CU Denver School of Public Affairs hosts event on technology in the criminal justice system
Panelists discuss changes in technology over the years and impactsDr. Sheila Huss | School of Public Affairs Oct 9, 2019
Listen to an audio recording of the event.
Police Body cameras
Contiguglia described how police body cameras could present a challenge for him when the footage contradicted his client’s account of events. Yet, body cameras also could be beneficial when the footage contradicted what was in a police report, as the contradiction could diminish the officer’s credibility during trial. He pointed out that body cameras have raised the level of accountability for both citizens and police officers.
Monitoring systems for probationers
Means focused part of her response on the use of monitoring systems for probationers. She described how ankle monitoring, once considered a technological advance, allowed probation officers to determine via a radio frequency whether probationers were close to their monitors. With the advent of GPS, probation officers can follow individuals under their supervision in real time 24 hours a day, 7 days a week, based on satellite points in a computer system. This development has reduced the detention rate of individuals awaiting trial, not yet convicted of a crime. Notably, the ability to track supervised individuals all the time requires a probation officer to be on call to do the monitoring.
Dispatch and information quality
Taylor also identified benefits and drawbacks of various technologies, focusing his responses on technology in law enforcement. When patrol cars became more widely used, response times were faster, but police spent less time on walking beats in their communities and had less interpersonal interactions with citizens. The use of dispatch has become commonplace, and Taylor emphasized that when the dispatch information is accurate, officers can plan an effective response, but when the information is not accurate and officers base their response off of inaccurate information, bad outcomes can result. More broadly, Taylor pointed out that law enforcement has seen the rapid introduction and broad dissemination of technology, but that there “…are a lot of repercussions on the back side.”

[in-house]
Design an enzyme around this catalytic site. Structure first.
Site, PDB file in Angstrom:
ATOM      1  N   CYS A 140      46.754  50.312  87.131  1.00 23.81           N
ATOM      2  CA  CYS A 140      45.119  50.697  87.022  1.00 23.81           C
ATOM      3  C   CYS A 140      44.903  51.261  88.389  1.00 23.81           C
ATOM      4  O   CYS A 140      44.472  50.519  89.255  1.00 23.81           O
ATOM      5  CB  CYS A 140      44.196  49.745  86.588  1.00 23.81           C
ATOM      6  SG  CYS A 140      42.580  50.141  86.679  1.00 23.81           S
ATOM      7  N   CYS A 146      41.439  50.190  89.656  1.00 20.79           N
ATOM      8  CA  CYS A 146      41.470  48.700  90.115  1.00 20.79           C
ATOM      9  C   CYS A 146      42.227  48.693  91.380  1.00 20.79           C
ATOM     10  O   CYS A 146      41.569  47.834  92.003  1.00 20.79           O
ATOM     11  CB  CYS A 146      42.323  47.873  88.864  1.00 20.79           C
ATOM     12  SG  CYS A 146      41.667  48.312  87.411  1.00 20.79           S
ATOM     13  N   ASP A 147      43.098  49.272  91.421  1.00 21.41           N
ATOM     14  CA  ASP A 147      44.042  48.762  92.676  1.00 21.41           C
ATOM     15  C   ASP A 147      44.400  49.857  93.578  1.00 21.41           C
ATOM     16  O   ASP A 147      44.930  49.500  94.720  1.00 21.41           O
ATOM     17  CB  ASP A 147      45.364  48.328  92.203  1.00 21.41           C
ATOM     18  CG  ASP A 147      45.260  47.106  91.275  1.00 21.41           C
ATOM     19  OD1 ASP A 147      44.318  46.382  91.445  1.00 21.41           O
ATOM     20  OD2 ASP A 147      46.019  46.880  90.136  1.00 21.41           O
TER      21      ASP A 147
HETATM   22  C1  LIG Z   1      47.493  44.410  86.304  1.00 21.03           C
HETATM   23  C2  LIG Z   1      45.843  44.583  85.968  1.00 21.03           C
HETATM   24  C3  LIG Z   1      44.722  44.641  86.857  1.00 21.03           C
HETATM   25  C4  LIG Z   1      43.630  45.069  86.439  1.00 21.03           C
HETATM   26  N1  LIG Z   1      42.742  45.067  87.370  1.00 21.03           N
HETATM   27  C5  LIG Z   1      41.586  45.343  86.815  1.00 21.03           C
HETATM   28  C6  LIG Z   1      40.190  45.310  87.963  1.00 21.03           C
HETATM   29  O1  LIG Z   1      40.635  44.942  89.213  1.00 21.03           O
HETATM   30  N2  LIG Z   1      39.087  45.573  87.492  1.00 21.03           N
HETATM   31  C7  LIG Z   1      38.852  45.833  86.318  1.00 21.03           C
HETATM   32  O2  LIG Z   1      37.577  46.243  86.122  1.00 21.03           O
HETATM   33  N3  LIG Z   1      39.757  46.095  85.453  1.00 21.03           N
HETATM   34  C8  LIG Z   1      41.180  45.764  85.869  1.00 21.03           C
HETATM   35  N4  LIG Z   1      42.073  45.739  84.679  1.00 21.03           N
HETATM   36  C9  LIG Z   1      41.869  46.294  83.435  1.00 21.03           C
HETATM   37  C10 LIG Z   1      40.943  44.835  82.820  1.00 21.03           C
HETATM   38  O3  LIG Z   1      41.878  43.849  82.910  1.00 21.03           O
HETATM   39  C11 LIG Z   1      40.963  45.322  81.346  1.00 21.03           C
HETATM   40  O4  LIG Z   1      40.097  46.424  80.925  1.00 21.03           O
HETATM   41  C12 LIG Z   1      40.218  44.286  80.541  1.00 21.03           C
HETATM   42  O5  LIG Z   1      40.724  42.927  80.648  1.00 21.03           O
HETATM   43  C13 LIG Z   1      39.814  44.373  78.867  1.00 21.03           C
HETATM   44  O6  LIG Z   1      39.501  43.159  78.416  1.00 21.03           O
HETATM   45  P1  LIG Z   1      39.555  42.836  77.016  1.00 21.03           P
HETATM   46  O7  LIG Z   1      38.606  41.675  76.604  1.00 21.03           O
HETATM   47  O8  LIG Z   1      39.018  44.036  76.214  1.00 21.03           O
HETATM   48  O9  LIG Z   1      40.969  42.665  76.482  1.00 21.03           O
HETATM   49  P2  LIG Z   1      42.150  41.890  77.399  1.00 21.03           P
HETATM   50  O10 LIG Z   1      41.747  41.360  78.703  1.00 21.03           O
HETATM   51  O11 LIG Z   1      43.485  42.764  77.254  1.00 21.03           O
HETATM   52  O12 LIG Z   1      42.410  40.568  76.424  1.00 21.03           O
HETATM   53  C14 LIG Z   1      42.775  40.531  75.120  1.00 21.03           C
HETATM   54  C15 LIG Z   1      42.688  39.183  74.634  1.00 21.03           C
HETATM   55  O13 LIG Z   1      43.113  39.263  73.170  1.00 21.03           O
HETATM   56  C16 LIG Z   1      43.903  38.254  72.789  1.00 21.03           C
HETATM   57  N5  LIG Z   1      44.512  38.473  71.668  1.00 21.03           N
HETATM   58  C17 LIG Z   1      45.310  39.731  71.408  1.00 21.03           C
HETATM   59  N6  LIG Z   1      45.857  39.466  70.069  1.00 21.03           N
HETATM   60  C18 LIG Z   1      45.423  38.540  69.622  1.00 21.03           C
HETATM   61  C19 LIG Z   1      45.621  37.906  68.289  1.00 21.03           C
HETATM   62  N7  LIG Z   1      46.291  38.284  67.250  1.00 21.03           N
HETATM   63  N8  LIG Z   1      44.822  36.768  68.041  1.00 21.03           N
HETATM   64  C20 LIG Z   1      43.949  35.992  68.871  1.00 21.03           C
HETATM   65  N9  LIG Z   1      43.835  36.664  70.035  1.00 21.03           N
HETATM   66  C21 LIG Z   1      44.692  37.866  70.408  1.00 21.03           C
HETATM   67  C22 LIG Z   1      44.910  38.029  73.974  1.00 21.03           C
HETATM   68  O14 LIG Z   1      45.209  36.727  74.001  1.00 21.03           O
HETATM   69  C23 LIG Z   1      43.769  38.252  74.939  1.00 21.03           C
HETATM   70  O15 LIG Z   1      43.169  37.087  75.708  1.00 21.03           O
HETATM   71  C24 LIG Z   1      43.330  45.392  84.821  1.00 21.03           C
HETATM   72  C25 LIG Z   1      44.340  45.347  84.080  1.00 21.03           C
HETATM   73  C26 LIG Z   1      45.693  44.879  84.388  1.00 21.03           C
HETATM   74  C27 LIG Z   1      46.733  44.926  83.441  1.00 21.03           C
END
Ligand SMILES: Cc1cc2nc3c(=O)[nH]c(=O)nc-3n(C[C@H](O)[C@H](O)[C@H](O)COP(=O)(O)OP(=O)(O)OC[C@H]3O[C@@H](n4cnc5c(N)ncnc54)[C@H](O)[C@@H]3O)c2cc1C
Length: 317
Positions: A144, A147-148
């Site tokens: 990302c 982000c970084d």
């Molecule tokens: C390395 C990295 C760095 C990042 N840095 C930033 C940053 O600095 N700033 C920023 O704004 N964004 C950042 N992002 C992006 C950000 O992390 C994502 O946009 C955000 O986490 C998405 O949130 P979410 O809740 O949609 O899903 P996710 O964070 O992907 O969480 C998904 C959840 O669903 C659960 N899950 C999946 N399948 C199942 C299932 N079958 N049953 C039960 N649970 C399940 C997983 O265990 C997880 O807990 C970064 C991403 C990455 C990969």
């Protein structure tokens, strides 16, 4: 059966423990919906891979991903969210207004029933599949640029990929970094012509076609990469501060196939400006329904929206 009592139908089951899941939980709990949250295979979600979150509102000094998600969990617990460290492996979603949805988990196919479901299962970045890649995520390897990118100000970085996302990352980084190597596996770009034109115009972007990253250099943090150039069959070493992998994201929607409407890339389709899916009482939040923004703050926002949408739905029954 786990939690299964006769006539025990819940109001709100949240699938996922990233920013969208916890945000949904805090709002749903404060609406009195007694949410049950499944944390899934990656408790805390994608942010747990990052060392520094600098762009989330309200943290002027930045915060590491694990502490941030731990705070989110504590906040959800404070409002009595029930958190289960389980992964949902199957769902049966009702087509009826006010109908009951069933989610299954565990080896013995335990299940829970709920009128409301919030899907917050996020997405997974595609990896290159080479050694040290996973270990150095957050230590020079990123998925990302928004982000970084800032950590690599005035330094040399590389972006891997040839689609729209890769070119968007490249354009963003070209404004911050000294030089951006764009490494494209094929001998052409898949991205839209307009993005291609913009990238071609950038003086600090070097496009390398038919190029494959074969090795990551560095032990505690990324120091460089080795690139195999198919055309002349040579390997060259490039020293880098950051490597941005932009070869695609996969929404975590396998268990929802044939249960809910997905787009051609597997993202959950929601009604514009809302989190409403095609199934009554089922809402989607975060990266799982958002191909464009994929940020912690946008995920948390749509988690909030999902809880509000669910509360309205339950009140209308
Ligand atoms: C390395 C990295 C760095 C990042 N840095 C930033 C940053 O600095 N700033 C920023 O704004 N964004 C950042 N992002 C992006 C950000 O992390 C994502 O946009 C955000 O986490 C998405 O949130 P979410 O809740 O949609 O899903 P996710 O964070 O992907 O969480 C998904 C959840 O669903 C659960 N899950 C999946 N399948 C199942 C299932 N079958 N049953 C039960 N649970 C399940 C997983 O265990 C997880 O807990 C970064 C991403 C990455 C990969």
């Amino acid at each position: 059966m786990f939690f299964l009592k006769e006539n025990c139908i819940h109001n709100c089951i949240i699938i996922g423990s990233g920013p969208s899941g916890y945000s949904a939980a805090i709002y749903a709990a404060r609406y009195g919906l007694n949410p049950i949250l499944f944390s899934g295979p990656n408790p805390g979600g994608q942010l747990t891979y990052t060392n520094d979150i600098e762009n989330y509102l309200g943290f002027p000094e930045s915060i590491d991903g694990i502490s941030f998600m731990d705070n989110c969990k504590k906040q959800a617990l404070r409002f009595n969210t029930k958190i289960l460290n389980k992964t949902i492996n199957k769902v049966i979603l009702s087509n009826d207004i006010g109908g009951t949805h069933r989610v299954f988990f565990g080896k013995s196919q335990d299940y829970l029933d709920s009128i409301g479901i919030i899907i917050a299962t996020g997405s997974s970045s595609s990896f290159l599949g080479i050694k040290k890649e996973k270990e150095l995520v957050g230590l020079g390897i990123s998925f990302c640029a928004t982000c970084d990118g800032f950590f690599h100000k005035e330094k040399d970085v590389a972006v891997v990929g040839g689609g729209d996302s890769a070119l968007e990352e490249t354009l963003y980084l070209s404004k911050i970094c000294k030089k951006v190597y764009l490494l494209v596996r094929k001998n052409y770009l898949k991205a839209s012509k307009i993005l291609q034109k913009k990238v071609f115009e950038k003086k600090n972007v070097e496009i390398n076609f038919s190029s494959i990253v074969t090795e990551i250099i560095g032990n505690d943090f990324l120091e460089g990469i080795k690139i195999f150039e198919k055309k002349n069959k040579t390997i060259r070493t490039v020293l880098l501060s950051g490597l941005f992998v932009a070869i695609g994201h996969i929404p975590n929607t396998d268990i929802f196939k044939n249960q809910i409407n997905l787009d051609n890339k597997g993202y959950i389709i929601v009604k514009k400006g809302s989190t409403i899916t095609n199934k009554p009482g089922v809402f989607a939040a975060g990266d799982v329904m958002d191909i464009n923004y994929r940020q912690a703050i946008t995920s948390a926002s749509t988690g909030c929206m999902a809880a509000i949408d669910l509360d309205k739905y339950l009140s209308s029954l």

The panelists addressed the challenges of technology, important technology, and technology and decision-making in each of their respective career fields. After the panel, the audience asked a number of questions related to technology in the justice system in general, as well as how technology has worked in specific cases (e.g., tattoo removal for someone in a witness protection program).
About the Criminal Justice Series
CU Denver School of Public Affairs’ Criminal Justice Series focuses on issues related to crime, justice and the law. Through panel discussions, debates, guest speakers and other formats, we structure civil discourse among experts in the field to promote critical thought and further dialogue that will contribute to better informed citizens and voters. Four events are held each year across the fall and spring semesters.
Categories: Criminal Justice School of Public Affairs | Tags: Criminal Justice Criminal Justice Series Paul Taylor School of Public Affairs Sheila Huss